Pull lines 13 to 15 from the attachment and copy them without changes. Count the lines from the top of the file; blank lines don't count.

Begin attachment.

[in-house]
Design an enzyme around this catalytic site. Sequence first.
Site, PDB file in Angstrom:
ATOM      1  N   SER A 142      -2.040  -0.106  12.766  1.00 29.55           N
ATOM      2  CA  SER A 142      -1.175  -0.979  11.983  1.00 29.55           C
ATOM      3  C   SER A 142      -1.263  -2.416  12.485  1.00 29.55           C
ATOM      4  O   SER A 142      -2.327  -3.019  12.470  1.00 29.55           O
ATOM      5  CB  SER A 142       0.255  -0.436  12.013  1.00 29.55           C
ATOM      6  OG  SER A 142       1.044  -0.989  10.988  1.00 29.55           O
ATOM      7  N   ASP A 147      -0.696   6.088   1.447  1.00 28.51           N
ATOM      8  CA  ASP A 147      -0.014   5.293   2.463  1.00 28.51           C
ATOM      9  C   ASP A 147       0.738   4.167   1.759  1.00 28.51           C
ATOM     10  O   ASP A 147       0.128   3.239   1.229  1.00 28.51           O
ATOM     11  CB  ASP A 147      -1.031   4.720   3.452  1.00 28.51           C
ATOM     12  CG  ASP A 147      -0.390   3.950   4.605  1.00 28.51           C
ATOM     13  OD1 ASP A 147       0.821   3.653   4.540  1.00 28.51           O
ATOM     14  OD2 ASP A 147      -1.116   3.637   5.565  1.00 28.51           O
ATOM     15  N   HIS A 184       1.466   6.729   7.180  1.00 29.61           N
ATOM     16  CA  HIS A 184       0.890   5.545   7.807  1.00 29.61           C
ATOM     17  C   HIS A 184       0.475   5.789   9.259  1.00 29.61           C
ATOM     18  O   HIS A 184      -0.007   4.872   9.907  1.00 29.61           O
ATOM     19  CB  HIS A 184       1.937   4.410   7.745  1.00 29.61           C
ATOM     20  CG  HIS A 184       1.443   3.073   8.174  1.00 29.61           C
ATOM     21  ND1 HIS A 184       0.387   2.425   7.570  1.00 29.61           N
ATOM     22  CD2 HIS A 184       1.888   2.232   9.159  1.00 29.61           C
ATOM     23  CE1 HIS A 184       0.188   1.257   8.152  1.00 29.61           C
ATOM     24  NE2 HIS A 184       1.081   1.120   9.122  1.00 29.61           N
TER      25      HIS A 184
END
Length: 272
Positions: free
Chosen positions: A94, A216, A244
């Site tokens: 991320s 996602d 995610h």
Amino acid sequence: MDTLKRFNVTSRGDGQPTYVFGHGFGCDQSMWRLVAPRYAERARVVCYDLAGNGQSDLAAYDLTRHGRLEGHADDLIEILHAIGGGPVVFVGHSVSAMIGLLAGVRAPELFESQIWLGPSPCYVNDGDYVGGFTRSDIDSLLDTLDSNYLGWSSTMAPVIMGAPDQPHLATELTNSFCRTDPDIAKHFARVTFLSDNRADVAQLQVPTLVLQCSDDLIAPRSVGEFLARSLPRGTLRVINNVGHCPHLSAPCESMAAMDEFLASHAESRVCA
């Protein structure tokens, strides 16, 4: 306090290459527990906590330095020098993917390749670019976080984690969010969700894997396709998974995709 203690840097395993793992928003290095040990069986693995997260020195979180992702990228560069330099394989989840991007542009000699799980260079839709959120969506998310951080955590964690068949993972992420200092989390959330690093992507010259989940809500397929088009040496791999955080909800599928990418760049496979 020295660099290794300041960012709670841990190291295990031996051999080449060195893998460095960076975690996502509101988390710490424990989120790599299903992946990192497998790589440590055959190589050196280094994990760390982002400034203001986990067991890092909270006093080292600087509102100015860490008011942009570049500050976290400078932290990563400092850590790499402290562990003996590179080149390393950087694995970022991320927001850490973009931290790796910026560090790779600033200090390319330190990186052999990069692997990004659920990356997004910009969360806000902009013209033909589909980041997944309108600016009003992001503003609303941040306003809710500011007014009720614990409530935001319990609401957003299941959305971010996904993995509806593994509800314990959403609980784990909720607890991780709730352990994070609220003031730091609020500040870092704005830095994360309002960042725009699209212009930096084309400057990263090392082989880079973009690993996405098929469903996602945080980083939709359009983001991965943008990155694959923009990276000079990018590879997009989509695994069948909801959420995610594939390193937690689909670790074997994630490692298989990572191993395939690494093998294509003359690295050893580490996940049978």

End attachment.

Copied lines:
ATOM     10  O   ASP A 147       0.128   3.239   1.229  1.00 28.51           O
ATOM     11  CB  ASP A 147      -1.031   4.720   3.452  1.00 28.51           C
ATOM     12  CG  ASP A 147      -0.390   3.950   4.605  1.00 28.51           C